Sunday, June 5, 2011

Seven Days

The countdown continues apace. The desire to stay in my twenties or prolong the start of my thirties, or really have more time on this earth - this desire, this wish, falls on deaf ears. The calendar keeps on switching days in a forward fashion every twenty-four hours. I thought about my life for quite a while yesterday. I spent most of my day on a bus, again going down to DC to see this man who likes being choked and smothered.

The way down there, I slept on and off, occasionally waking from my Benadryl-induced nap to look at the passing scenery, the side of I-95 one of the most comforting sights in the world to me, seeing it pass by in a brief blur, this trip up and down 95 done so many times throughout my life, my family driving north from the DC suburbs to see relatives, and all of these sights seeming full of import at the time.

After smothering this guy, him red-faced, struggling for breath, and jerking him off at the same time until he came, I hopped in a cab and got straight back on the next bus leaving our nation's capital. The Benadryl had worn off by this point and by the time we reached Baltimore, the day was ending, the sun slowly setting over the landscape. From my bus seat on the upper deck of a Megabus, I had large panorama windows from which to marvel at this beautiful sky, so pink.

Right before we entered the tunnel that goes underneath the Baltimore Harbor, I was presented with a sketch of urban decay and industrial landscapes that struck me as insanely beautiful, a sight I used to see far more often prior to moving to New York. Living in New York City, amazing a place as it is, has really narrowed my world to a few square miles that I rarely venture outside of. This drive awoke in me memories of my past, of driving these roads to this concert or that relative, or taking the Chinatown bus home for Christmas. There was a baseball field, empty, and next to it a hulking concrete factory, and behind that, water.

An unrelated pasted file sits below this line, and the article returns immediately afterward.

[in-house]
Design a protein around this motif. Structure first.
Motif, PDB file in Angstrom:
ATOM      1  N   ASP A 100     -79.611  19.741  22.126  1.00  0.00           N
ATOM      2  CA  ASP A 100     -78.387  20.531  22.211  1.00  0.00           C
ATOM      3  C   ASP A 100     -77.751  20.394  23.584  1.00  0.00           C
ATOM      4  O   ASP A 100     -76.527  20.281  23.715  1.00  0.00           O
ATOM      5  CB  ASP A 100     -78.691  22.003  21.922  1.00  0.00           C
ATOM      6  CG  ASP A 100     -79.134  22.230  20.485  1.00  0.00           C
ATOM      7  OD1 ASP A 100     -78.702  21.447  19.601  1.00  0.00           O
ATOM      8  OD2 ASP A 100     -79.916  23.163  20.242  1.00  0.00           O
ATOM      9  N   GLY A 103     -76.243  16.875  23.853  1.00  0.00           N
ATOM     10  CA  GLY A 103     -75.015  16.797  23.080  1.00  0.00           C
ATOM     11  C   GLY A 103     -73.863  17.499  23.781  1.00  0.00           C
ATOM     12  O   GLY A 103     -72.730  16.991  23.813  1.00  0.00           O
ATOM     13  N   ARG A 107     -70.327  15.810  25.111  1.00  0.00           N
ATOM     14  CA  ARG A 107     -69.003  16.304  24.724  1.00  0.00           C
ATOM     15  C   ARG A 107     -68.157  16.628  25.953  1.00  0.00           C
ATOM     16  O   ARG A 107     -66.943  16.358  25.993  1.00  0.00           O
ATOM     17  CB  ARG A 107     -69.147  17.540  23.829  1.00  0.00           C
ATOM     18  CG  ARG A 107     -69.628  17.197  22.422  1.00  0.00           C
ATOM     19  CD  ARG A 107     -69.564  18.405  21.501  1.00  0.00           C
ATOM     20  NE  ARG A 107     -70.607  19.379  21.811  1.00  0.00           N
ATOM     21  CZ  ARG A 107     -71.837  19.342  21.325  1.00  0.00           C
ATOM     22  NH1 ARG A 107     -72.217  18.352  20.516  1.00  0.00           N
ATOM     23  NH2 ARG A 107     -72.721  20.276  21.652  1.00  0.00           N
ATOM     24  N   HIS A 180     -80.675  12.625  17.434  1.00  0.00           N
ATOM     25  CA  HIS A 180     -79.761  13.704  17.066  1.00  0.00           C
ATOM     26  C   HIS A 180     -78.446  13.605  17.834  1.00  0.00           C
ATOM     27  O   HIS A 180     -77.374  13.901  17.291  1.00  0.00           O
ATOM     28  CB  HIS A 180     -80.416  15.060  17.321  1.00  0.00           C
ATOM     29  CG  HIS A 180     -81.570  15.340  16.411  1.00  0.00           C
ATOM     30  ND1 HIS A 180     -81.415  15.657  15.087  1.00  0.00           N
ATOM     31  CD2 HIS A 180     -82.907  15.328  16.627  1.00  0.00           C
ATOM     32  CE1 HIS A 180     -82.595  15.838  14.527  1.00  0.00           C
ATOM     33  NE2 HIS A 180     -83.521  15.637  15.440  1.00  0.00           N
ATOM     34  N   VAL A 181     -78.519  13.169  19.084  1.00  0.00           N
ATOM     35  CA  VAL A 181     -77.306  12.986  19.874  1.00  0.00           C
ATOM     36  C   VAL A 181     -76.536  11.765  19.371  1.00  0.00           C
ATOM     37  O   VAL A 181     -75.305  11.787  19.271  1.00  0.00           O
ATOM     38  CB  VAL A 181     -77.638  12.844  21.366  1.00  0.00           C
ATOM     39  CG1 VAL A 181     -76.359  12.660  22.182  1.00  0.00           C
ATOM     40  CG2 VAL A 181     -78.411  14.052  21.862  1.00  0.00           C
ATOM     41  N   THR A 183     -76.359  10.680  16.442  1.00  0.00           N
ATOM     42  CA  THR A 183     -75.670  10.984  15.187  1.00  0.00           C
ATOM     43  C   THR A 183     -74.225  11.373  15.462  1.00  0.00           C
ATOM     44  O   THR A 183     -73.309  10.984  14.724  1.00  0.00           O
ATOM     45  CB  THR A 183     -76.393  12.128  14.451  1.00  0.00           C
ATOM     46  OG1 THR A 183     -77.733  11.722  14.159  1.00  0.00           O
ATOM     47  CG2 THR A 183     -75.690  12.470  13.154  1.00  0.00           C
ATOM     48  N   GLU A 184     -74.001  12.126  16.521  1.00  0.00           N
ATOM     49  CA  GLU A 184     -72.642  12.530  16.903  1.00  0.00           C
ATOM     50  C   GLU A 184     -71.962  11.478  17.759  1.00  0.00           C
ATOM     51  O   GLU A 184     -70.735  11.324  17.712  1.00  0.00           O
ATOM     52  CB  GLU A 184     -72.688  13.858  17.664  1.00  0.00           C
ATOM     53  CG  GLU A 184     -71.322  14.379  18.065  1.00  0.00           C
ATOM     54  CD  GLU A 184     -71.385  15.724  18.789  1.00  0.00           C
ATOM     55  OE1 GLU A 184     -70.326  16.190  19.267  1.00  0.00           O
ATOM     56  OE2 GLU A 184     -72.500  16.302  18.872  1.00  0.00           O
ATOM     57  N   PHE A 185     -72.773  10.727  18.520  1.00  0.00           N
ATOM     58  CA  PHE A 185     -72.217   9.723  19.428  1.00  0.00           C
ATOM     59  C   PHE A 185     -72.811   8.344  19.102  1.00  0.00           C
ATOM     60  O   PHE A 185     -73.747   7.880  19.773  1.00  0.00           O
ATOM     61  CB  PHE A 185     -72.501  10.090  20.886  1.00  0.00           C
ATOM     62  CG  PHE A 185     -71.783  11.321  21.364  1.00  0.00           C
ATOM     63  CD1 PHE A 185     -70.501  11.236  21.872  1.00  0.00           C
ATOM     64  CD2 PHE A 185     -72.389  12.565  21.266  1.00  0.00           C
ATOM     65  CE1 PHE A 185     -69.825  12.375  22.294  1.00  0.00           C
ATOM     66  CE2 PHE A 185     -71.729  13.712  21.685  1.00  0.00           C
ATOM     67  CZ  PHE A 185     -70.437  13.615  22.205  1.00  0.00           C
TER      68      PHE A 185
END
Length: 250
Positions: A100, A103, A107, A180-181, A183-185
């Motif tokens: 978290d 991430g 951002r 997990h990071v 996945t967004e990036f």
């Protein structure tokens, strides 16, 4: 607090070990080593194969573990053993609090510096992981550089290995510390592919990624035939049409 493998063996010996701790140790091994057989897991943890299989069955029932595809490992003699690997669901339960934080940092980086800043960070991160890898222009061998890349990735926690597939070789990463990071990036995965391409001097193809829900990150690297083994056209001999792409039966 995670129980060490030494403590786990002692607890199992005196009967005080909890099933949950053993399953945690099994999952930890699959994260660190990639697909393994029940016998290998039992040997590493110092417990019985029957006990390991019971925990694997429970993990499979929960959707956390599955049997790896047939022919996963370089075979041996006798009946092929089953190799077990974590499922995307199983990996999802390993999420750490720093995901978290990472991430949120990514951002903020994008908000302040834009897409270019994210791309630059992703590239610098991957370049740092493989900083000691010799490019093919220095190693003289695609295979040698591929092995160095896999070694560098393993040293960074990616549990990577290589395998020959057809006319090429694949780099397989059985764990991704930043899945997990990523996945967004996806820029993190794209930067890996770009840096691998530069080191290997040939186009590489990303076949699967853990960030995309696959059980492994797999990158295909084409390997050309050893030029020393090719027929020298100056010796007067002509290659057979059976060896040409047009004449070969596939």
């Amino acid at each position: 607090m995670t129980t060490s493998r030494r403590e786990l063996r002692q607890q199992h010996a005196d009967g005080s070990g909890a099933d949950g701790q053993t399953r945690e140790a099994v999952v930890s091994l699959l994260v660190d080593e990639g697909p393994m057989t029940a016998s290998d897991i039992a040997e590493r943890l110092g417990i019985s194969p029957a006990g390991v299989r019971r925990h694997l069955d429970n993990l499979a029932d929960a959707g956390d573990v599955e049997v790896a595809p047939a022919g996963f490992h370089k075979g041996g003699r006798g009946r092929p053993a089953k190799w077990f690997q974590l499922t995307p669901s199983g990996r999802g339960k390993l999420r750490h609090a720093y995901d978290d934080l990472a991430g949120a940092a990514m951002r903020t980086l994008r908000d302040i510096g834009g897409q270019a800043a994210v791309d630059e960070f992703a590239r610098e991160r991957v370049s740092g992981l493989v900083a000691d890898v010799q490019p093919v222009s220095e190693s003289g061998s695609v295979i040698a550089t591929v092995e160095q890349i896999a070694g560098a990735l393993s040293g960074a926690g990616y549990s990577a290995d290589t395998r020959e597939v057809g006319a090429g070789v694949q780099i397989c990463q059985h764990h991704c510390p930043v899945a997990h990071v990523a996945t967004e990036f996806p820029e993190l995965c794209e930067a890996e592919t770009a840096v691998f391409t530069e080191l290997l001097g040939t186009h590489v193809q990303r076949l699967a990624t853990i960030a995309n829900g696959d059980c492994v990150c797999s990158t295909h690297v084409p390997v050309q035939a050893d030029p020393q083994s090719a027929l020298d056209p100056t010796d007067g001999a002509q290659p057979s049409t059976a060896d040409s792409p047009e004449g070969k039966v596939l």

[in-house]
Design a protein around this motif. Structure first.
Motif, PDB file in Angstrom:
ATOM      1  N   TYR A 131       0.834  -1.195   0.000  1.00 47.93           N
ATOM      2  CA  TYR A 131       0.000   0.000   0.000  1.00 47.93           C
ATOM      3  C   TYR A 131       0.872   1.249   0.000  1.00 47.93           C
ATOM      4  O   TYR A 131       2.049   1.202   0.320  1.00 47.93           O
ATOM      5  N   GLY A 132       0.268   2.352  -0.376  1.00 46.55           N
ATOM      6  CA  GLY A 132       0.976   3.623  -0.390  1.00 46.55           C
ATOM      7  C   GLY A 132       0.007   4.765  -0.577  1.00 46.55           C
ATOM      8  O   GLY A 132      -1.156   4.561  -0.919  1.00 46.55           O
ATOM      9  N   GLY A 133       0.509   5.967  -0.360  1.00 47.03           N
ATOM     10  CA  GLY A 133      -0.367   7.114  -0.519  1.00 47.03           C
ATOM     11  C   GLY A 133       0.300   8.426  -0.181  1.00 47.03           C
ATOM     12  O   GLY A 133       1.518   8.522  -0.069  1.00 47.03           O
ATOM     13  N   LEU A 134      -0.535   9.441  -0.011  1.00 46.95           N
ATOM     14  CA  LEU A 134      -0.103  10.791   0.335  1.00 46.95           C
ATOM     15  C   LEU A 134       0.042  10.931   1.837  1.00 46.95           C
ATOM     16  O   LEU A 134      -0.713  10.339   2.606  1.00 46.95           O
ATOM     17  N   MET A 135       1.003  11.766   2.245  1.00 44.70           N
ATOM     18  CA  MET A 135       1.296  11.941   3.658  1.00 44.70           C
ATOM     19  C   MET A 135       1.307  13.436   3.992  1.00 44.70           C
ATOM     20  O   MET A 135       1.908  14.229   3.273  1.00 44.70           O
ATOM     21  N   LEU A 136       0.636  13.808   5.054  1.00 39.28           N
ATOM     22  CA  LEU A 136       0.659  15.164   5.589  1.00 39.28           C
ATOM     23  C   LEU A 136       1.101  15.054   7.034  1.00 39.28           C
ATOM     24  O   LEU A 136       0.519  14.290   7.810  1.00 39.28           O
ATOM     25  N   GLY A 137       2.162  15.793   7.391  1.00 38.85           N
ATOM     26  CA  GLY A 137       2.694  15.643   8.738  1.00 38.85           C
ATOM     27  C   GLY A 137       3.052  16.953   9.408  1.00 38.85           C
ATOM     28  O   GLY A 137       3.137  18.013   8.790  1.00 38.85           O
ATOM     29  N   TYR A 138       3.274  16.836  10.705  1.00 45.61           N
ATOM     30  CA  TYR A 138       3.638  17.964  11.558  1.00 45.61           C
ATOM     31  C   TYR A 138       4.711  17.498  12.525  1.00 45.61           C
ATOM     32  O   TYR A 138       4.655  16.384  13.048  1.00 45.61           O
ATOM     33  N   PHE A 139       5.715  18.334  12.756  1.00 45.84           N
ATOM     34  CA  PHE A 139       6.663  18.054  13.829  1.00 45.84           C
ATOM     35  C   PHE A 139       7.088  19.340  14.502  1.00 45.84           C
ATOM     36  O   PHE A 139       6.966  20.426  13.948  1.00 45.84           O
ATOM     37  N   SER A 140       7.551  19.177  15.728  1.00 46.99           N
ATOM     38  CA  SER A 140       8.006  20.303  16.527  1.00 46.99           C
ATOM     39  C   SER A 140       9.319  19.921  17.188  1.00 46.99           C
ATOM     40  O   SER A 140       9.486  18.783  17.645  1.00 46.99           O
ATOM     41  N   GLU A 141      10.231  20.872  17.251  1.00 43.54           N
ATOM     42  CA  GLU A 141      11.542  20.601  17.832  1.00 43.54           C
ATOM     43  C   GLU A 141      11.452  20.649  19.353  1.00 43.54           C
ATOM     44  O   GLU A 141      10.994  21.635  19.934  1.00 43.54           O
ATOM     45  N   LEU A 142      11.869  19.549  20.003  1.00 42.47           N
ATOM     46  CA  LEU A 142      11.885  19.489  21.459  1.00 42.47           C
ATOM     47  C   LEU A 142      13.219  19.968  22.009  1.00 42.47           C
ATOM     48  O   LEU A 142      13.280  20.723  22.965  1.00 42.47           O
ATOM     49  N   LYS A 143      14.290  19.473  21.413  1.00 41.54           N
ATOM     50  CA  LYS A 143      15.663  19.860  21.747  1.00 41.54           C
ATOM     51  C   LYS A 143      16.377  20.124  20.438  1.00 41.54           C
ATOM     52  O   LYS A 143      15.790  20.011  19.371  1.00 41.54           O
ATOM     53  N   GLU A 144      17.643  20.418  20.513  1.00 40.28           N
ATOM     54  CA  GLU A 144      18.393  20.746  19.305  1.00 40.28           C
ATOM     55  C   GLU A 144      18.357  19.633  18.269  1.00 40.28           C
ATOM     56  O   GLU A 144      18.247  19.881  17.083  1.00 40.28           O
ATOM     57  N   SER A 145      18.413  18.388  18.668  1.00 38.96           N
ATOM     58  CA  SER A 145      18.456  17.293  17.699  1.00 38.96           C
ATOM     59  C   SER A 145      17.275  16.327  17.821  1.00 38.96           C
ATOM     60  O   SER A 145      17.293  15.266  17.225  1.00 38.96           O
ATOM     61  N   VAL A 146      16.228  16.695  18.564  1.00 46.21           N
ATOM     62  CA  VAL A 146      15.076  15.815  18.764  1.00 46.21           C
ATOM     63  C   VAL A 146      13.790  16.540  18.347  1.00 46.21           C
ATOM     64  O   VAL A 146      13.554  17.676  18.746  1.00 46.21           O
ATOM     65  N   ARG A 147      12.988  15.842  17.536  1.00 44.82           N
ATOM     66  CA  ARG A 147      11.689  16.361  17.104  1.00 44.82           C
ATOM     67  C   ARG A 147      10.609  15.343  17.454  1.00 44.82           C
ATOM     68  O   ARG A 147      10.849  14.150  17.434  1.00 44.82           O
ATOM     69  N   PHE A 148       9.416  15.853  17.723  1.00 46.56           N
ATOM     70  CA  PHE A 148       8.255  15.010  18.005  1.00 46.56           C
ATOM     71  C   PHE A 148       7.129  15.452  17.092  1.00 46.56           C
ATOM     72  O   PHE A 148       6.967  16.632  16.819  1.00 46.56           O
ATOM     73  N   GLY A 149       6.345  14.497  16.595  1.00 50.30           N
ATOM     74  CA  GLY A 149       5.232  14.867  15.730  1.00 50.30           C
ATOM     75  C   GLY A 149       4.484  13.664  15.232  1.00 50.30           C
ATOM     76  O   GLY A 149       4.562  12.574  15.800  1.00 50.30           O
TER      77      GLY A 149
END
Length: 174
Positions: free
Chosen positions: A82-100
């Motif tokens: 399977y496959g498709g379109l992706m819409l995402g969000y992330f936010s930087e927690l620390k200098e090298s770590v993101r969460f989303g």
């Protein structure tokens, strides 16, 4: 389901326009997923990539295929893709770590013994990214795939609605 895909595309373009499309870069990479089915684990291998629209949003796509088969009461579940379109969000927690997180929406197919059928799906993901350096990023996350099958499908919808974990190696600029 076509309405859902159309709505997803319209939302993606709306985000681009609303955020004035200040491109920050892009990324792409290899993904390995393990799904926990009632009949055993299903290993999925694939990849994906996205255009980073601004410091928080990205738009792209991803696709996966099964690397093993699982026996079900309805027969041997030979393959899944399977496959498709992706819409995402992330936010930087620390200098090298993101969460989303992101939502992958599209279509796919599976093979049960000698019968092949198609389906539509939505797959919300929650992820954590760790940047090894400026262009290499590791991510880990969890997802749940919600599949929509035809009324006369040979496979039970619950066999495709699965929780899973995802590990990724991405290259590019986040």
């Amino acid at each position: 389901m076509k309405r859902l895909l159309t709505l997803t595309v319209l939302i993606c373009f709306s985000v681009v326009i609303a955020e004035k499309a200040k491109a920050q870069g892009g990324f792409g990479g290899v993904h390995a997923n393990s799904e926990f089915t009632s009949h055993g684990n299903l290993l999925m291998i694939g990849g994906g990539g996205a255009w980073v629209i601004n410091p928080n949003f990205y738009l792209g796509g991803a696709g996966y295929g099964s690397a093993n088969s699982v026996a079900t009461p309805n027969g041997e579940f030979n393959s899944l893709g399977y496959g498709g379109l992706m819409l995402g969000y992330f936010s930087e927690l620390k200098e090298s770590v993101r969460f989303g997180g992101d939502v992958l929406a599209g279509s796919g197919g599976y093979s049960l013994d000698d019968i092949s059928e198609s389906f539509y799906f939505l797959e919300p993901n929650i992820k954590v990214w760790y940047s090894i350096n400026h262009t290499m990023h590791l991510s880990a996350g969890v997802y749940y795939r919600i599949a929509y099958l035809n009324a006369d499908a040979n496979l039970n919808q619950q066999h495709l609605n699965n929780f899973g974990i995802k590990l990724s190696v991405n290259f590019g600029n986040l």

Each approach of an overhead highway ramp brought an anticipation, driving underneath it an exhale, having just been briefly amazed at the engineering feats of our national highway system. Regal concrete structures, ascending and descending, overlapping each other, a poetry in it, lines written in a nonverbal language showing the continual and varied movement of the people living here.

Skinny trees lined the road. Signs announced "Right Lane Must Turn Right."

Today, back in this town, there was a loud parade that passed near my house, a Puerto Rican parade. After it ended, I walked down Graham street, Puerto Rican flags for sale in front of all the bodegas, people walking in one direction, away from an ending.

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